* * * * *

He never remembered exactly how he got out of the room, but it always seemed as though he dropped with a crash from some enormous height. The sounds ceased; the gongs died into silence; the violet faded; the quivering wax lay still.... Mr. Skale was moving beside him, and the next minute they were in the narrow vestibule between the doors, hanging up ordinary colored surplices upon ordinary iron nails.

Spinrobin stumbled. Skale caught him. They were in the corridor again—cold, cheerless, full of December murk and shadows—and the secretary was leaning against the clergyman's shoulder breathless and trembling as though he had run a mile.

Chapter XI


"And the color of my sound is a pale green," he heard behind him in tones as sweet as a muted violin string, "while the form of my note fits into yours just like a glove. Dear Spinny, don't tremble so. We shall always be together, remember, you and I...."

And when, turning, he saw Miriam at his side, radiant with her shining little smile of welcome, the relief was so great that he took her in his arms and would not let her go. She drew him tenderly away downstairs, for the clergyman, it seemed, was still busy with something in the room, and had left them....

"I know, I know," she said softly, making him sit down beside her on the sofa, "I know the rush of pain and happiness it brings. It shifts the whole key of your life, doesn't it? When I first went into my 'room' and learned the letter I was to utter in the Name, I felt as if I could never come back to ordinary things again, or—"

"What name?" interrupted Spinrobin, drawing sharply away from her, and the same second amazed at the recklessness that had prompted the one question he dreaded.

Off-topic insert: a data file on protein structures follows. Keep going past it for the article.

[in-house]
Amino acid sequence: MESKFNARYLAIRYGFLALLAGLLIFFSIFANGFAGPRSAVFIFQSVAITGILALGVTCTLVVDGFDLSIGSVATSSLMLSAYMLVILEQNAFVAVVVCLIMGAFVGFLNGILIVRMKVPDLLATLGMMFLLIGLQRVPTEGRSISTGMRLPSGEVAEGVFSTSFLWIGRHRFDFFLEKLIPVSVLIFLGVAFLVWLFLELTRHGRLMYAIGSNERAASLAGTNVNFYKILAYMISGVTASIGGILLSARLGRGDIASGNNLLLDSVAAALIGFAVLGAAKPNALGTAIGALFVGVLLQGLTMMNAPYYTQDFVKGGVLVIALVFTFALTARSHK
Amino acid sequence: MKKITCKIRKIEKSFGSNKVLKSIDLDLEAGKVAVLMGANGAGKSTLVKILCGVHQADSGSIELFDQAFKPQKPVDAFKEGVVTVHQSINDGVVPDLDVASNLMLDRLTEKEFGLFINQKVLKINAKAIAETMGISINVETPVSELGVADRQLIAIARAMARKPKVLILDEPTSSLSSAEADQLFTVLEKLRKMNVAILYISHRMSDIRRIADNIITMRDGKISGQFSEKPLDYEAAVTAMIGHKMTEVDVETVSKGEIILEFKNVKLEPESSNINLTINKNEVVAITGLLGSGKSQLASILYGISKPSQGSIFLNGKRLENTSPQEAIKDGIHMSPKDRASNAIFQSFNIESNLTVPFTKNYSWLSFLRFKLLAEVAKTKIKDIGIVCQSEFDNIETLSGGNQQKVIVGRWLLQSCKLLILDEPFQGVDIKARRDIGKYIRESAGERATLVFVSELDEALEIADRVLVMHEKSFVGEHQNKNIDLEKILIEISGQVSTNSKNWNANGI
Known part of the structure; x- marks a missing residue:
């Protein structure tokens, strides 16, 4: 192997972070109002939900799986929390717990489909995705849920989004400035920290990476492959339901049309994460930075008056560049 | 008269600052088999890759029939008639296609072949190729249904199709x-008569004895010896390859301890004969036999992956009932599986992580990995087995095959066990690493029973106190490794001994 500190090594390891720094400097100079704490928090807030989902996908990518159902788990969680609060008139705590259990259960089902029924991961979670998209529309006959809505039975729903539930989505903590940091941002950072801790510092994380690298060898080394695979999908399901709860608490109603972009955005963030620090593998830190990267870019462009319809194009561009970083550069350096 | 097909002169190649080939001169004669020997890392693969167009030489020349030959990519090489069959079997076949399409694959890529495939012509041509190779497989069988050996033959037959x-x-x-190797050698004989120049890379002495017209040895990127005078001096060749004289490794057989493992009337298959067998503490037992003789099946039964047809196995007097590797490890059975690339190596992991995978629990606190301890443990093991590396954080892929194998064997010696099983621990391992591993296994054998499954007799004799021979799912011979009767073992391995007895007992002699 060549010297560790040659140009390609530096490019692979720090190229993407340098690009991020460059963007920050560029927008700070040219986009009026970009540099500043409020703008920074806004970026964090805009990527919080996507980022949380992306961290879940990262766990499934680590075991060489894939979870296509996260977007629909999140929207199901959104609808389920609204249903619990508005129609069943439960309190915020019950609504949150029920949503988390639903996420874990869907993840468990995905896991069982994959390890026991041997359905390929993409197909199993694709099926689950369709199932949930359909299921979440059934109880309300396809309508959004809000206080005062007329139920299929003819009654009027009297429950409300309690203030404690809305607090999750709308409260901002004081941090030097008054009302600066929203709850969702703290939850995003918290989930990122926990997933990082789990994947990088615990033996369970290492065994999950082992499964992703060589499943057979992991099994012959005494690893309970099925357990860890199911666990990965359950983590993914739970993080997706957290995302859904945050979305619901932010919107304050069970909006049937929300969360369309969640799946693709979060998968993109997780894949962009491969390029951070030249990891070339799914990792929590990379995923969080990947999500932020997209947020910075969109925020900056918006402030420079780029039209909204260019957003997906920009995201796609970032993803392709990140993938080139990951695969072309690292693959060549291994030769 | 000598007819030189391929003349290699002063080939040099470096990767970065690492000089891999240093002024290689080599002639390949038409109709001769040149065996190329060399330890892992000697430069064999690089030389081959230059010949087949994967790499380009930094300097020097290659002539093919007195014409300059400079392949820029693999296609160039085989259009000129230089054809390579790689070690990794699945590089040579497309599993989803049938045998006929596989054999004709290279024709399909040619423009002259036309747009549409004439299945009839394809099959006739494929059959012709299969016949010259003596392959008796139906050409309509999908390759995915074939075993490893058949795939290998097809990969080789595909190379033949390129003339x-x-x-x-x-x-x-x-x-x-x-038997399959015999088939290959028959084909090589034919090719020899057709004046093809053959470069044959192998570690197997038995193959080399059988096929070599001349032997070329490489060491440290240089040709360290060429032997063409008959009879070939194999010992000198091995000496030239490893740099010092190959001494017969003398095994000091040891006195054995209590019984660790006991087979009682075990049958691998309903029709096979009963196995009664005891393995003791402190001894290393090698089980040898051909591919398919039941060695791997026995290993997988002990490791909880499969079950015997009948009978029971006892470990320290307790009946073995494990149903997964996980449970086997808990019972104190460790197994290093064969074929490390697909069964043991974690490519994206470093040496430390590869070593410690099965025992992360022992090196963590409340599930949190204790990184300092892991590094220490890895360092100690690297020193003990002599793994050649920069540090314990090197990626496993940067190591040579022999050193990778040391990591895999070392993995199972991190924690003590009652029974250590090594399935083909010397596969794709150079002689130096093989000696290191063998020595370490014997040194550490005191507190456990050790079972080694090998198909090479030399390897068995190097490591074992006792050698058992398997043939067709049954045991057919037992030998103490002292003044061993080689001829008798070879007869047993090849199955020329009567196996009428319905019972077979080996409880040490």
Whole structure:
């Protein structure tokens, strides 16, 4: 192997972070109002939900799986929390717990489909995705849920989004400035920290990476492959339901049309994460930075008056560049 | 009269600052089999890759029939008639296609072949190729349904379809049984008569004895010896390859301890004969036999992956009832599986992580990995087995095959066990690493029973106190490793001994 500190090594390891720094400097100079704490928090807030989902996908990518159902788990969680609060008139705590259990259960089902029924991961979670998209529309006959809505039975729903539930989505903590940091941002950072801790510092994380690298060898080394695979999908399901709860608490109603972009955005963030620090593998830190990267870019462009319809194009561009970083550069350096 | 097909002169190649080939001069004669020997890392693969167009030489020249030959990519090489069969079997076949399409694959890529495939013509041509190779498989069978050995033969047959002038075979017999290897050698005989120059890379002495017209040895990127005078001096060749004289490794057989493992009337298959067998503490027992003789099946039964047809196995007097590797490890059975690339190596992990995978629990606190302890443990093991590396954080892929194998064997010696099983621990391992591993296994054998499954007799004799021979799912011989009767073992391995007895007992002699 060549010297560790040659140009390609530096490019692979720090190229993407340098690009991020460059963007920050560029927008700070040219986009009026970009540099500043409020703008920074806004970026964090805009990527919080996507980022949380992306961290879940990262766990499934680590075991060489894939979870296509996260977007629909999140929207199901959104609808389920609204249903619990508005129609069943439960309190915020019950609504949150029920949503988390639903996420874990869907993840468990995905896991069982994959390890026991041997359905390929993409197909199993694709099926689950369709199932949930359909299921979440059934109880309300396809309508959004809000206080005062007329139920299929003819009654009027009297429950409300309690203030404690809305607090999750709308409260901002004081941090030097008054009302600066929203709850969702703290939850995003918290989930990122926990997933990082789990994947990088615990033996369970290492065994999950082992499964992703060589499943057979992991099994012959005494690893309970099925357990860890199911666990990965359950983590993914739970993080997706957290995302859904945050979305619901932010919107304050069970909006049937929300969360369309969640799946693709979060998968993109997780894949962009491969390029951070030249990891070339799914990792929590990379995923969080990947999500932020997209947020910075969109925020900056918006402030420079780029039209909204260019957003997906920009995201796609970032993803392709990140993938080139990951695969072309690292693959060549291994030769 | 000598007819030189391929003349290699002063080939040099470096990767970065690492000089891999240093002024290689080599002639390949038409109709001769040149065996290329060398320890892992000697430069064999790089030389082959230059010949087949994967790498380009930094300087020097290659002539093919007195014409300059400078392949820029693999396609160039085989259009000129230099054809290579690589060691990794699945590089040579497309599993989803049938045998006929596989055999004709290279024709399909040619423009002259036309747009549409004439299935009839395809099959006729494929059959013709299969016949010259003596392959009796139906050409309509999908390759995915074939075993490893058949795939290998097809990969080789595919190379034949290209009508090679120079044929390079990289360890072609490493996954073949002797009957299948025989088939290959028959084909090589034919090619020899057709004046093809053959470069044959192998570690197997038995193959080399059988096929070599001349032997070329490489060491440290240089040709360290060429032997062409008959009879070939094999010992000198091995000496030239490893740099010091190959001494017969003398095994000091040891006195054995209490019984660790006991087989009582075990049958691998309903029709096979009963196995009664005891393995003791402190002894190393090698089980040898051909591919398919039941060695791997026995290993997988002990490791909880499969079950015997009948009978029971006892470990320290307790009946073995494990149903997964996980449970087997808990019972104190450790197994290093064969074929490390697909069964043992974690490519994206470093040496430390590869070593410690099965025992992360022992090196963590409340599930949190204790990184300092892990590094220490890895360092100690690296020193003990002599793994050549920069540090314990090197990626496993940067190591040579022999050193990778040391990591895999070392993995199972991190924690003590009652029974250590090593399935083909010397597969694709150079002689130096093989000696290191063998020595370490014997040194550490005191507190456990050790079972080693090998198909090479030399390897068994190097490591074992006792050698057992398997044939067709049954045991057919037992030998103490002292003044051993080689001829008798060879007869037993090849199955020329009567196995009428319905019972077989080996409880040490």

The inevitable reaction had come. He realized for the first time that there was an alternative. All the passion of battle was upon him. The terrific splendors of Skale's possible achievement dazzled the very windows of his soul, but at the same time the sweet uses of normal human life called searchingly to him from within. He had been circling about this fight for days; at last it was unexpectedly upon him. He might climb to Skale's impossible Heaven, Skale's outrageous Heaven ... on the wings of this portentous experience, or—he might sink back into the stream of wholesome and commonplace life, with a delicious little human love to companion him across the years, the unsoiled love of an embryonic soul that he could train practically from birth. Miriam was beside him, soft and yielding, ready, doubtless, to be molded for either path.

"What name?" he repeated, holding his breath once the words were out.

"The name, of course," she answered gently, smiling up into his eyes. "The name I have lived to know and that you came here to learn, so that when our voices sing and utter it together in the chord we shall both become—"

Spinrobin set his mouth against her own to stop her speech. She yielded to him with her whole little body. Her eyes smiled the great human welcome as she stared so closely into his.

"Shall become—what we are not now," he cried fiercely, drawing his face back, but holding her body yet more closely to him. "Lose each other, don't you see? Don't you realize that?"

"No, no," she said faintly, "find each other—you mean—"